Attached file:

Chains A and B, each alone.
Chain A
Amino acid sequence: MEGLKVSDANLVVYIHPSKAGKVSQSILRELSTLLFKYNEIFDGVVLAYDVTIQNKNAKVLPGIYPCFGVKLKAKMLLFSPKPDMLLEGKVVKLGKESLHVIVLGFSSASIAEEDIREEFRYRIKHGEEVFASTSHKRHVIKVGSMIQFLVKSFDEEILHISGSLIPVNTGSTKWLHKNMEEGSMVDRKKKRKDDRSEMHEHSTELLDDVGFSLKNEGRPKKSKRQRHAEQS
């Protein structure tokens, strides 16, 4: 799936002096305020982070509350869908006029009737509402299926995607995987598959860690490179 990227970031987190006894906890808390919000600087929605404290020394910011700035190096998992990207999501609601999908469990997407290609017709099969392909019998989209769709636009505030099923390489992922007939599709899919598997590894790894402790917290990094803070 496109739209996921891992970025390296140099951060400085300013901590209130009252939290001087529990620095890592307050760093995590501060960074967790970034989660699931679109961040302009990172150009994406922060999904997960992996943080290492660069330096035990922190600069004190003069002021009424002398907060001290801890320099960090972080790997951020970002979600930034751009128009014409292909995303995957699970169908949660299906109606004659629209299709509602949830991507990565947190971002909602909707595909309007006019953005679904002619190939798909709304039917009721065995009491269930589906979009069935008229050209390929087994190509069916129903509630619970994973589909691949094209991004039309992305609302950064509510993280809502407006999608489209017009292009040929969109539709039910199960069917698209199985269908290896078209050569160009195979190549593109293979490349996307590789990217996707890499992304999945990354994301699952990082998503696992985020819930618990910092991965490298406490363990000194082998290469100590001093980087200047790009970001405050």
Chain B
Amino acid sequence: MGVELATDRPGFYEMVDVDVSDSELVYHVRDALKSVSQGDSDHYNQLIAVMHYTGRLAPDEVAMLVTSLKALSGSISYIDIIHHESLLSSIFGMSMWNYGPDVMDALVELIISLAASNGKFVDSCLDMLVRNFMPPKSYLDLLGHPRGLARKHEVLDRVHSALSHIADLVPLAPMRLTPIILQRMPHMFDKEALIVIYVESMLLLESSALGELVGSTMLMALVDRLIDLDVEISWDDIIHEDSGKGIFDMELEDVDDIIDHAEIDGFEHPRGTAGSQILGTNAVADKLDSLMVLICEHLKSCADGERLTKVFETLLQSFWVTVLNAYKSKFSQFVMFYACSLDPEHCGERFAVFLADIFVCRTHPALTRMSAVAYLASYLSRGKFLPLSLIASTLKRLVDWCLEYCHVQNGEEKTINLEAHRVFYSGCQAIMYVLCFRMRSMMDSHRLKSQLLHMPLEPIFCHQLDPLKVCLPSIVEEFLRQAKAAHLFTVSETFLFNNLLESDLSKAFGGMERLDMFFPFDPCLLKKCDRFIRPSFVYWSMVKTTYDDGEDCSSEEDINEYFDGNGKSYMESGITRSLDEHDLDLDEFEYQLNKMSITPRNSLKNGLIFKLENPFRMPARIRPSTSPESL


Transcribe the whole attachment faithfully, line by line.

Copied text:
Chains A and B, each alone.
Chain A
Amino acid sequence: MEGLKVSDANLVVYIHPSKAGKVSQSILRELSTLLFKYNEIFDGVVLAYDVTIQNKNAKVLPGIYPCFGVKLKAKMLLFSPKPDMLLEGKVVKLGKESLHVIVLGFSSASIAEEDIREEFRYRIKHGEEVFASTSHKRHVIKVGSMIQFLVKSFDEEILHISGSLIPVNTGSTKWLHKNMEEGSMVDRKKKRKDDRSEMHEHSTELLDDVGFSLKNEGRPKKSKRQRHAEQS
């Protein structure tokens, strides 16, 4: 799936002096305020982070509350869908006029009737509402299926995607995987598959860690490179 990227970031987190006894906890808390919000600087929605404290020394910011700035190096998992990207999501609601999908469990997407290609017709099969392909019998989209769709636009505030099923390489992922007939599709899919598997590894790894402790917290990094803070 496109739209996921891992970025390296140099951060400085300013901590209130009252939290001087529990620095890592307050760093995590501060960074967790970034989660699931679109961040302009990172150009994406922060999904997960992996943080290492660069330096035990922190600069004190003069002021009424002398907060001290801890320099960090972080790997951020970002979600930034751009128009014409292909995303995957699970169908949660299906109606004659629209299709509602949830991507990565947190971002909602909707595909309007006019953005679904002619190939798909709304039917009721065995009491269930589906979009069935008229050209390929087994190509069916129903509630619970994973589909691949094209991004039309992305609302950064509510993280809502407006999608489209017009292009040929969109539709039910199960069917698209199985269908290896078209050569160009195979190549593109293979490349996307590789990217996707890499992304999945990354994301699952990082998503696992985020819930618990910092991965490298406490363990000194082998290469100590001093980087200047790009970001405050």
Chain B
Amino acid sequence: MGVELATDRPGFYEMVDVDVSDSELVYHVRDALKSVSQGDSDHYNQLIAVMHYTGRLAPDEVAMLVTSLKALSGSISYIDIIHHESLLSSIFGMSMWNYGPDVMDALVELIISLAASNGKFVDSCLDMLVRNFMPPKSYLDLLGHPRGLARKHEVLDRVHSALSHIADLVPLAPMRLTPIILQRMPHMFDKEALIVIYVESMLLLESSALGELVGSTMLMALVDRLIDLDVEISWDDIIHEDSGKGIFDMELEDVDDIIDHAEIDGFEHPRGTAGSQILGTNAVADKLDSLMVLICEHLKSCADGERLTKVFETLLQSFWVTVLNAYKSKFSQFVMFYACSLDPEHCGERFAVFLADIFVCRTHPALTRMSAVAYLASYLSRGKFLPLSLIASTLKRLVDWCLEYCHVQNGEEKTINLEAHRVFYSGCQAIMYVLCFRMRSMMDSHRLKSQLLHMPLEPIFCHQLDPLKVCLPSIVEEFLRQAKAAHLFTVSETFLFNNLLESDLSKAFGGMERLDMFFPFDPCLLKKCDRFIRPSFVYWSMVKTTYDDGEDCSSEEDINEYFDGNGKSYMESGITRSLDEHDLDLDEFEYQLNKMSITPRNSLKNGLIFKLENPFRMPARIRPSTSPESL